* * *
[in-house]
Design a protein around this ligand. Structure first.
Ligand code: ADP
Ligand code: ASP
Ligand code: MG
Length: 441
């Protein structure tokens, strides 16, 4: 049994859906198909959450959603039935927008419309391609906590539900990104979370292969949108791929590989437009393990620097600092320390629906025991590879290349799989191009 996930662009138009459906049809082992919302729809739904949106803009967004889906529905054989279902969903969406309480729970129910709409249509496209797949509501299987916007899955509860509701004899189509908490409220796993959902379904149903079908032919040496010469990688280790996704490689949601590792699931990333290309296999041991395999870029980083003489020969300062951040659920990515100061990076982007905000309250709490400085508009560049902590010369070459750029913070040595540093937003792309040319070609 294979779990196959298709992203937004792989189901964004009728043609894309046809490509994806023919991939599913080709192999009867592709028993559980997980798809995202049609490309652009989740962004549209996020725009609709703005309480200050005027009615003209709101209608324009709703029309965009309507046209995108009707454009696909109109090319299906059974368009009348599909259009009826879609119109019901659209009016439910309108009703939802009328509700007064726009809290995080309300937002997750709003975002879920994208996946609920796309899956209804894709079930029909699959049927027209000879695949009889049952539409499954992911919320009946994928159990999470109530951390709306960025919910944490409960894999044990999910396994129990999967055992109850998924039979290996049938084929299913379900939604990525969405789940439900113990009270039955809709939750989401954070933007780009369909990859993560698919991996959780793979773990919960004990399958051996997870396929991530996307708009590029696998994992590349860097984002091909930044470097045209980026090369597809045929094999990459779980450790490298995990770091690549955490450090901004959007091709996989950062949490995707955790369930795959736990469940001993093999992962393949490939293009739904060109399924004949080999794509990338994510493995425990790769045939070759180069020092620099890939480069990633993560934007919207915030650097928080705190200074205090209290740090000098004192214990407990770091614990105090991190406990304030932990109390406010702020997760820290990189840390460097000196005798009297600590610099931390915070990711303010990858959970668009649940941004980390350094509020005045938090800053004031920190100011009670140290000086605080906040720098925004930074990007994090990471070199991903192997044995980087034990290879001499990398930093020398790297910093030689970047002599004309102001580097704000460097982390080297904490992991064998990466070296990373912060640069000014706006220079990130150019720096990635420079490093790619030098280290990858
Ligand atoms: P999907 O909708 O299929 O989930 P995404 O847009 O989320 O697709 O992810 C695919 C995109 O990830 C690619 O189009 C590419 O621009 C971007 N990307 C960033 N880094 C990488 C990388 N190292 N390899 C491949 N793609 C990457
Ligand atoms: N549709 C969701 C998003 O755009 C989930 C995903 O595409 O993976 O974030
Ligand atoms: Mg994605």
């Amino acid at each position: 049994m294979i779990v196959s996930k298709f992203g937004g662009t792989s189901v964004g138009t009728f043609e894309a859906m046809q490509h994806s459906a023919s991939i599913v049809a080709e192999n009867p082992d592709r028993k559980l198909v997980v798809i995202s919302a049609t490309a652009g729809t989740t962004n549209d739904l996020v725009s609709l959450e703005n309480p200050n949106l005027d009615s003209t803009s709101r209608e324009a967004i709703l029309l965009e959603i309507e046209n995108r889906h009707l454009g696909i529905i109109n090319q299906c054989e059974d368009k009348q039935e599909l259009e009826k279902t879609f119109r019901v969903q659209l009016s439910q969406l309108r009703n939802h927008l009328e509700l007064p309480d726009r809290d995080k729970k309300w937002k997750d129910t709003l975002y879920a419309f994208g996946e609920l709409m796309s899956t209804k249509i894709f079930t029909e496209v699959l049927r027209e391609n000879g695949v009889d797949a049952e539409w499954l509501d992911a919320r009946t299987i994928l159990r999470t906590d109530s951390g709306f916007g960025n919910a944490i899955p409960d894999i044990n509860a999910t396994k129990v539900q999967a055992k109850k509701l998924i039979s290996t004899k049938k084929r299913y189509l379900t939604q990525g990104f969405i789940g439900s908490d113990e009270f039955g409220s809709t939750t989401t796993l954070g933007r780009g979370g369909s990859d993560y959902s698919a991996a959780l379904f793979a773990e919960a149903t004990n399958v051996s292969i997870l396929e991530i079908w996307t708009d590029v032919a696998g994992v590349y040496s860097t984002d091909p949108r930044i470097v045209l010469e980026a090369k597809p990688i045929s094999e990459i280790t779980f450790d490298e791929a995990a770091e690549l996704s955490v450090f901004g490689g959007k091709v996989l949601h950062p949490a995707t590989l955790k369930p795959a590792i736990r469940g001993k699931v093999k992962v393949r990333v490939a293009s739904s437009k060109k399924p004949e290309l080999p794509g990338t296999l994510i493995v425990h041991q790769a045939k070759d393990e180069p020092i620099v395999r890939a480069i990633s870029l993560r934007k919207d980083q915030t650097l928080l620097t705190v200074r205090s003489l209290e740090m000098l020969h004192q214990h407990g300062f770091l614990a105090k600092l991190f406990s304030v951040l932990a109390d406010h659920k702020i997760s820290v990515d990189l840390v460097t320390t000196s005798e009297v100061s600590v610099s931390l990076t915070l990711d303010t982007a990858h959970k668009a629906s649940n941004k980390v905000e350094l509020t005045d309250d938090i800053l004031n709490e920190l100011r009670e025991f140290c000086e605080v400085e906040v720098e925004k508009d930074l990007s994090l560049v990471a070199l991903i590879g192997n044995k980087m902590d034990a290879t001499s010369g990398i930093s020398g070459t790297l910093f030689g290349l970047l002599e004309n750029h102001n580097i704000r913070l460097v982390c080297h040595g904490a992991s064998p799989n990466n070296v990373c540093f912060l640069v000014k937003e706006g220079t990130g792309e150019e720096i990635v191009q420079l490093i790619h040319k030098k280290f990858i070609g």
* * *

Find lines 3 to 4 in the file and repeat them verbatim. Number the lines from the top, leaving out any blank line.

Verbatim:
Ligand code: ADP
Ligand code: ASP